Approximately 795,000 Americans die every year as a result of stroke. The majority of these are ischemic strokes, which are caused by a blood clot blocking blood flow to the brain. Timely treatment has the ability to help save lives and preserve brain function.

Traditionally, there are two treatment options for acute ischemic strokes:

  1. tPA: An intravenous drug called alteplase, or tPA, delivered through an IV in the arm, tPA works to dissolve blood clots and improve blood flow. Unfortunately, the drug's effectiveness also relies on size of the blood clot and the immediate recognition of a stroke.

    "tPA is considered a first line of defense against stroke, but in order for it to be effective the clot cannot be too large and it has to be administered within three to 4.5 hours," explains Smith. "For patients who don't recognize stroke symptoms right away or whose blood clot is too large, tPA alone is unlikely to help treat their stroke."

  2. Thrombectomy: A minimally invasive, endovascular procedure offered at Bryn Mawr Hospital, part of Main Line Health, during which physicians thread a catheter through a vessel in the groin up to a blocked vessel in the patient's brain to clear it. Until recently, thrombectomy was only considered effective until up to six hours after the onset of stroke symptoms. After new research and guidelines from the American Stroke Association, however, certain patients are now eligible to undergo thrombectomy up to 24 hours after their symptoms begin.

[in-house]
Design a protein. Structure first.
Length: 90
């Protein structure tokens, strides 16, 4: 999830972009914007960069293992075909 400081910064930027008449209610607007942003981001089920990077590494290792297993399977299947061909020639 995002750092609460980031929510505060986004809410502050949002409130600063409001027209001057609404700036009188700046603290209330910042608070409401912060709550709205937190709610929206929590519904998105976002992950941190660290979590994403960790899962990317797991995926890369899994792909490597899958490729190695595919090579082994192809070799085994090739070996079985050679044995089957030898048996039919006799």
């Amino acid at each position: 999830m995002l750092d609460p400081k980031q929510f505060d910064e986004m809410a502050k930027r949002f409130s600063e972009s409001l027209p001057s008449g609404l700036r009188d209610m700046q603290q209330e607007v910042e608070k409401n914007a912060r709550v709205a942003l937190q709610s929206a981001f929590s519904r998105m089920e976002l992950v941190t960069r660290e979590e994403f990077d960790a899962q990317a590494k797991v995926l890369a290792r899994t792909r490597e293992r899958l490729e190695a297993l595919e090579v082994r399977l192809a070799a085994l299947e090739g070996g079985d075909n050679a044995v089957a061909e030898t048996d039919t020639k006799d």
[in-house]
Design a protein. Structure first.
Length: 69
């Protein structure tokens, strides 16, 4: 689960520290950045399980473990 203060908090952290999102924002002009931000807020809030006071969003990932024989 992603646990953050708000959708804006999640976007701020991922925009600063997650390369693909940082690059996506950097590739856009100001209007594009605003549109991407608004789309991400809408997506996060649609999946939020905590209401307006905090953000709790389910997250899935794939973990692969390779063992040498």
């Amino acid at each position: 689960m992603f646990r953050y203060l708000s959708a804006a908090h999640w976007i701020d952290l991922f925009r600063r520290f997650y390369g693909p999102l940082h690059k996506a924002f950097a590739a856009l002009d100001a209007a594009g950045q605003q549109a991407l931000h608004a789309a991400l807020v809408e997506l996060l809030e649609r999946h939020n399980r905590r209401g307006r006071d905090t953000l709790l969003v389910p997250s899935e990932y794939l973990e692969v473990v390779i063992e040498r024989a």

"There are many reasons why people may not get timely stroke treatment — some patients suffer a stroke in their sleep, while others may not recognize the symptoms," says Smith. "This increased treatment time allows us to save lives and improve the quality of many more."

Bryn Mawr Hospital is a Thrombectomy-Capable Stroke Center (TSC) certified by The Joint Commission, in collaboration with the American Heart Association/American Stroke Association (AHA/ASA). This certification signifies the hospital meets rigorous standards for performing mechanical endovascular thrombectomy, a specialized surgical procedure used to remove a blood clot from the brain during an ischemic stroke.

Although the revised thrombectomy guidelines have improved treatment options for patients across the country, it doesn't mean you should delay if you notice yourself or someone else having stroke symptoms.

"It's still critical to seek medical attention as soon as you notice stroke symptoms. Remember, time is brain," says Smith.

If you're experiencing one or more of these symptoms, 'Don't Die of Doubt,' says the American Heart Association. Call 911 for immediate medical attention.

While thrombectomy is beginning to transform stroke care, the treatment isn't available in many regions. Bryn Mawr Hospital and Dr. Smith are proud to be able to offer mechanical thrombectomy as a stroke treatment option for our community.

Next steps:

Make an appointment with Michelle J. Smith, MD
Learn more about about stroke care at Main Line Health
The basics of stroke and stroke-related aphasia